President-elect Barack Obama has promised to focus attention on Gaza and Iran from day one. (Photo: Charles Dharapak / AP)
Washington - Barack Obama, the US president-elect, yesterday promised to focus on Middle East peace from the start of his administration and to treat Iran with "respect" as he set out his foreign policy thinking in greater detail.
But, in remarks that may prove disappointing to some of his supporters, he also warned that it would be a "challenge" to close the detention centre at GuantÃ¡namo Bay within 100 days of taking office.
In an interview with ABC News, Mr Obama steered clear of detailed comments on the fighting in the Gaza Strip. However, in reply to a question about Israel's response to missile attacks by Hamas, he emphasised the "basic principle" of a country's obligation to protect its citizens.
He signalled that he would not wait as long on the issue as either President George W. Bush or former President Bill Clinton - each of whom hoped to seal an IsraeliPalestinian deal during their last year in office - and that it was important to avoid being seen as favouring one or other of the two sides.
"The reason it's so important for the United States to be engaged and involved immediately, not waiting until the end of ... term, is because working through the politics of this requires a third party that everybody has confidence wants to see a fair and just outcome," said Mr Obama.
While many US and Israeli analysts accuse Iran of using Hamas to mount a proxy war against Israel through the provision of funds and arms, Mr Obama emphasised that he would take a "new approach" towards Tehran.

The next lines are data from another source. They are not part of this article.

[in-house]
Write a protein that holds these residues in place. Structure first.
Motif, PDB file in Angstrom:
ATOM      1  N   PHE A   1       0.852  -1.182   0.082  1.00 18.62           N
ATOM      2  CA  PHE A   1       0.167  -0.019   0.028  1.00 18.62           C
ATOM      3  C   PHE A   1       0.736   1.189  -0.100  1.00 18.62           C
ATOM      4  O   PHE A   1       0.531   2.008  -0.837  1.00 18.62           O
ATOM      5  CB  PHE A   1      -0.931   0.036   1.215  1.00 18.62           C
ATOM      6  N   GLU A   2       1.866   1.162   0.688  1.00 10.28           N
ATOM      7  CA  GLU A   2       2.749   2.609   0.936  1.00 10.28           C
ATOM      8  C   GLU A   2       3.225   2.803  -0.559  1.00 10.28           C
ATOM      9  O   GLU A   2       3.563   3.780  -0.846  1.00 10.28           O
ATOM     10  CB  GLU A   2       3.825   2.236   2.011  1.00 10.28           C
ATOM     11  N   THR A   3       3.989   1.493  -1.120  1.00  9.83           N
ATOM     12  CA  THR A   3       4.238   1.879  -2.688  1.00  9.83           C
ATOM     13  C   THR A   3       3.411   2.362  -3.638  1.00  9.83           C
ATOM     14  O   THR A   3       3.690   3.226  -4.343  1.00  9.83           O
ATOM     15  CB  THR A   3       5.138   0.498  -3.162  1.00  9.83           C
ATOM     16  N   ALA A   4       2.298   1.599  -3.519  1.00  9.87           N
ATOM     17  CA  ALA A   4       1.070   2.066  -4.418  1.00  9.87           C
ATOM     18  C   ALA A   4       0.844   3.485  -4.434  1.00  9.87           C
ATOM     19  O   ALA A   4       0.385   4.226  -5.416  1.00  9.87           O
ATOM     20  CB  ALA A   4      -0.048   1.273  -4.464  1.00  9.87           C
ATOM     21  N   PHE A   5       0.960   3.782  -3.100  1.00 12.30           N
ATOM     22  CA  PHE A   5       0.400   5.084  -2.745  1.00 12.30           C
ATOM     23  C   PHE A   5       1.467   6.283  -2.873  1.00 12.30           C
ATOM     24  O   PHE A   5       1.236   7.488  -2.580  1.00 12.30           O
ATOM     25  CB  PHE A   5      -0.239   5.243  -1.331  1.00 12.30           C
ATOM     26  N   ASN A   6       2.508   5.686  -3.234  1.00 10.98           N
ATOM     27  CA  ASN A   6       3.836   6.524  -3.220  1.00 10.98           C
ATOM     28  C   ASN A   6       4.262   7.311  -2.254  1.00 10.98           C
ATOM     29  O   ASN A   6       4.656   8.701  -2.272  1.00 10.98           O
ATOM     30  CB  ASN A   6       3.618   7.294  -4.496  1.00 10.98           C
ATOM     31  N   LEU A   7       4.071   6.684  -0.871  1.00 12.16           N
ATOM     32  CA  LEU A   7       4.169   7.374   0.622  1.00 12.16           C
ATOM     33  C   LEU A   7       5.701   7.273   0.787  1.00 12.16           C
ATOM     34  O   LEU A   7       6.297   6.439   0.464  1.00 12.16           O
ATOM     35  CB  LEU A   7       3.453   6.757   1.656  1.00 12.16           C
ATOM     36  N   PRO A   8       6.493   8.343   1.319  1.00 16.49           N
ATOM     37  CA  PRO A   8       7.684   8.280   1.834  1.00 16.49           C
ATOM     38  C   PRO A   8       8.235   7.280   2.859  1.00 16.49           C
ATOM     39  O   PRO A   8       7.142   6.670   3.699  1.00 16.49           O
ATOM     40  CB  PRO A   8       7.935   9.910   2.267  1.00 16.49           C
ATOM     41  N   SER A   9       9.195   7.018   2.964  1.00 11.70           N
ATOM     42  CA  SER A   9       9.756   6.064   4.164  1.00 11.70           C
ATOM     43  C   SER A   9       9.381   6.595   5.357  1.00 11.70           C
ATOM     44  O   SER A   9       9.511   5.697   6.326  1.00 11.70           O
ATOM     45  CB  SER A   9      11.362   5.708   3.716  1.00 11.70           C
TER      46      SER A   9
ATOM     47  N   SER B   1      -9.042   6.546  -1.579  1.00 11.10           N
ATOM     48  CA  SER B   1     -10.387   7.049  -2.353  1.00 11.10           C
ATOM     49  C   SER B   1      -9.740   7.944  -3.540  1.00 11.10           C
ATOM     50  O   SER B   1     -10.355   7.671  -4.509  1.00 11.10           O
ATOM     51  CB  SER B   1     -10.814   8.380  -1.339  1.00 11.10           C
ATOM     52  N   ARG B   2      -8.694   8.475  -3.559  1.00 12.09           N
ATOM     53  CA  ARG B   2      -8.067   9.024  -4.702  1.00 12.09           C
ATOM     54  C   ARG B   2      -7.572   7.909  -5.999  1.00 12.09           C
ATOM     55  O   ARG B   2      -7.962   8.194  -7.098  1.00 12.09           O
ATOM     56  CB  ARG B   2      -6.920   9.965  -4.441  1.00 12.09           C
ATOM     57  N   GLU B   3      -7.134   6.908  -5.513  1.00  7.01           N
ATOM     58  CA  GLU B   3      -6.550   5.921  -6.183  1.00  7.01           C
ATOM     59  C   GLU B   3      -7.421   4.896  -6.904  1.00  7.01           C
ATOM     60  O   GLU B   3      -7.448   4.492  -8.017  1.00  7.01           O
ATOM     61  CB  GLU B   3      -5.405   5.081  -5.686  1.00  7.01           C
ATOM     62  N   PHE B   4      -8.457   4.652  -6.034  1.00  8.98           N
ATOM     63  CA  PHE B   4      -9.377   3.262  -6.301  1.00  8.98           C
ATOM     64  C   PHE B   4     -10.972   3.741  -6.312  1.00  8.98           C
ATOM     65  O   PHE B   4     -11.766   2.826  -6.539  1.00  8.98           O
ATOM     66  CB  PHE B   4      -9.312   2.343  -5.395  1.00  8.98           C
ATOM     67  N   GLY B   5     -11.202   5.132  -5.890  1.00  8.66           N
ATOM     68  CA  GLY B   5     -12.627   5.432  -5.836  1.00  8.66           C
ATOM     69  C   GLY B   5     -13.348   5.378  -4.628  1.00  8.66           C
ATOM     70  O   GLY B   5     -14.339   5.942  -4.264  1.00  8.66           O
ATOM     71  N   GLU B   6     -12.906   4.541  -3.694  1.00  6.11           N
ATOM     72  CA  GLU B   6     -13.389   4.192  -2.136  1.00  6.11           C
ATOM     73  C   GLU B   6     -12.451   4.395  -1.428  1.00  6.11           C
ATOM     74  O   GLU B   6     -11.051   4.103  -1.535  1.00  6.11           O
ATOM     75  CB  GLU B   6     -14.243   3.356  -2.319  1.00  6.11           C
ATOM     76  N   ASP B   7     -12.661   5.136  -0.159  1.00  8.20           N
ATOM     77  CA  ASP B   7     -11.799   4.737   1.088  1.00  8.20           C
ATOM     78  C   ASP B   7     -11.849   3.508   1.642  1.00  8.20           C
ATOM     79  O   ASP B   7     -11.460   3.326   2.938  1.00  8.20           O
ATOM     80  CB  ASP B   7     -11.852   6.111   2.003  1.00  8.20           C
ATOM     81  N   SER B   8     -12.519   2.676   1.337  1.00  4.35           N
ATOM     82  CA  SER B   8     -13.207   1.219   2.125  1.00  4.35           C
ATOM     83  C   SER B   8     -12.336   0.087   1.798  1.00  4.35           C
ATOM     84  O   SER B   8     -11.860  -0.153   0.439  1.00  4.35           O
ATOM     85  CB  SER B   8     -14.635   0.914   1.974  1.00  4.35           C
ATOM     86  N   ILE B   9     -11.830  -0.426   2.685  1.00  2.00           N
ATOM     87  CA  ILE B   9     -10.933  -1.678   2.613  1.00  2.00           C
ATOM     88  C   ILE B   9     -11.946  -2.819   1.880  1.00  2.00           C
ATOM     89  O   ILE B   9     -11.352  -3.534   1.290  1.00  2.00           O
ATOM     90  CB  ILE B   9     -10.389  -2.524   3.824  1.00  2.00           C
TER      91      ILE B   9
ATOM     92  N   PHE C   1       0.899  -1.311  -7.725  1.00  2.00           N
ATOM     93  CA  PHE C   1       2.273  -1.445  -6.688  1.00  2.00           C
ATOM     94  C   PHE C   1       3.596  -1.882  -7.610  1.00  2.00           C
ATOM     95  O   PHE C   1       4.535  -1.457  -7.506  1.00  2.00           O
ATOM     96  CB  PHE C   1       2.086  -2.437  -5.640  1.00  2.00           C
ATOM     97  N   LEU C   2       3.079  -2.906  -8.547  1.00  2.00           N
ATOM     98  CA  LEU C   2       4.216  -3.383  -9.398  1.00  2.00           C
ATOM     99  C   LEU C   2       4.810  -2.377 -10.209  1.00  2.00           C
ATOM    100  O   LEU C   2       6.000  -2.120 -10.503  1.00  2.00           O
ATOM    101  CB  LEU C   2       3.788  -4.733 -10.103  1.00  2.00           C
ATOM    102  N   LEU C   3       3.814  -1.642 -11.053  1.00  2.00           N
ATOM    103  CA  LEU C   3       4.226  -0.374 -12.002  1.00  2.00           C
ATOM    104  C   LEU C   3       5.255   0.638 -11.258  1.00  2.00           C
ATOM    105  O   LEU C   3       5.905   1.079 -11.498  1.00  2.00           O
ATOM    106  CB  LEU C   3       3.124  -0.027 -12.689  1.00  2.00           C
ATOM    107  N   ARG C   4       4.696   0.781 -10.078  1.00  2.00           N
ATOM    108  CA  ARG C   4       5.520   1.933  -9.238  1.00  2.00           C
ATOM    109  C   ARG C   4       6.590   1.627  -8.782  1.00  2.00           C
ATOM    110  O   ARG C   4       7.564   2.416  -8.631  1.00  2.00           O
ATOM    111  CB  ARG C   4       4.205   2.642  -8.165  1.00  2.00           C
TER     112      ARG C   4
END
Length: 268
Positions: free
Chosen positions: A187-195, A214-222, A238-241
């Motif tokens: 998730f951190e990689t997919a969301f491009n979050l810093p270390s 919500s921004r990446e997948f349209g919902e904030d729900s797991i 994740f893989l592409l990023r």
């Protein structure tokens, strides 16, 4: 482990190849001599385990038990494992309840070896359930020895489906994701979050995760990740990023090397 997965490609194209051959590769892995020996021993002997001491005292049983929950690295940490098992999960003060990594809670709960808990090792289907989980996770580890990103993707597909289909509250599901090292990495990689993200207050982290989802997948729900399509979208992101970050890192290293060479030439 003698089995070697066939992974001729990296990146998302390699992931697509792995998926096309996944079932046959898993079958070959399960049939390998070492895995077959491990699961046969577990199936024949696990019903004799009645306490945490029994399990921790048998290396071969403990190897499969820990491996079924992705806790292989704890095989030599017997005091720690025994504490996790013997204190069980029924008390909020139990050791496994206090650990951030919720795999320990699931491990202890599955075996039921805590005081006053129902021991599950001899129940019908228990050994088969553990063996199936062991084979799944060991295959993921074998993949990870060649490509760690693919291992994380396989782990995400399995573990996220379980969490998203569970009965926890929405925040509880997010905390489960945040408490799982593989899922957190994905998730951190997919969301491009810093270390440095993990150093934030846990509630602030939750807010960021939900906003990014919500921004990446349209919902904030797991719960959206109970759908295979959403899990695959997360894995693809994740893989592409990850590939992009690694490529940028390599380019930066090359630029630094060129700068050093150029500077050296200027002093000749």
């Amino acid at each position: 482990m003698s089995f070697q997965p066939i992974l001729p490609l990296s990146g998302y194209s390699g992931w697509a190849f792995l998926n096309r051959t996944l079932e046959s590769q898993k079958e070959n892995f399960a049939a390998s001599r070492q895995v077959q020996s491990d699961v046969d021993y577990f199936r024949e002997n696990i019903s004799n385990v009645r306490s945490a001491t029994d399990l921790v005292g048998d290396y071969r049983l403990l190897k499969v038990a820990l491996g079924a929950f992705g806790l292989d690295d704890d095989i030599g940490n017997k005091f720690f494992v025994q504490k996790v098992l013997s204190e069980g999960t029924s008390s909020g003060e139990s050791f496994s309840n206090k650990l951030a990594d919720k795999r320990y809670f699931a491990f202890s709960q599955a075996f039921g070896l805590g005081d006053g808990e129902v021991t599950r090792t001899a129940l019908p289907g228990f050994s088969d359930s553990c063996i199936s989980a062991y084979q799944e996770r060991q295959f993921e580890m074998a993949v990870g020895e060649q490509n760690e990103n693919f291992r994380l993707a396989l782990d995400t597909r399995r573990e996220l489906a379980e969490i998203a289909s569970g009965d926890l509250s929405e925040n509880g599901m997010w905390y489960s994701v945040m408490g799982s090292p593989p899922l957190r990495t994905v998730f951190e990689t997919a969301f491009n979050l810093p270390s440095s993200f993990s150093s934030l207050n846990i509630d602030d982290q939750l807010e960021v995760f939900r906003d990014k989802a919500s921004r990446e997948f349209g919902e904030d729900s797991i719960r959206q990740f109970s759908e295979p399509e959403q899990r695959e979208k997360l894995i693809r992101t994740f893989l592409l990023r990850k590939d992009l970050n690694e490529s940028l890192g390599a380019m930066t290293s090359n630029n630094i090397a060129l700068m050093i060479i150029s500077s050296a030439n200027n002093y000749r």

His policy would involve "a new emphasis on respect and a new emphasis on being willing to talk, but also a clarity about what our bottom lines are".
He added: "Iran is going to be one of our biggest challenges ... Not only is Iran exporting terrorism through Hamas, through Hizbollah, but they are pursuing a nuclear weapon that could potentially trigger a nuclear arms race in the Middle East."
The New York Times said the Bush administration had denied Israel permission to fly over Iraq to bomb an Iranian nuclear facility, as well as bunker-busting bombs and refuelling equipment for the raid, instead briefing its ally on a US covert programme against Tehran's nuclear programme.
Mr Obama also told ABC that it would be hard to close GuantÃ¡namo Bay as soon as many people hoped. "That's a challenge," he said. "But I don't want to be ambiguous about this.
"We are going to close GuantÃ¡namo and we are going to make sure that the procedures we set up are ones that abide by our constitution."
Part of the problem was that evidence against some of the detainees "may be tainted" because of torture, "even though it's true."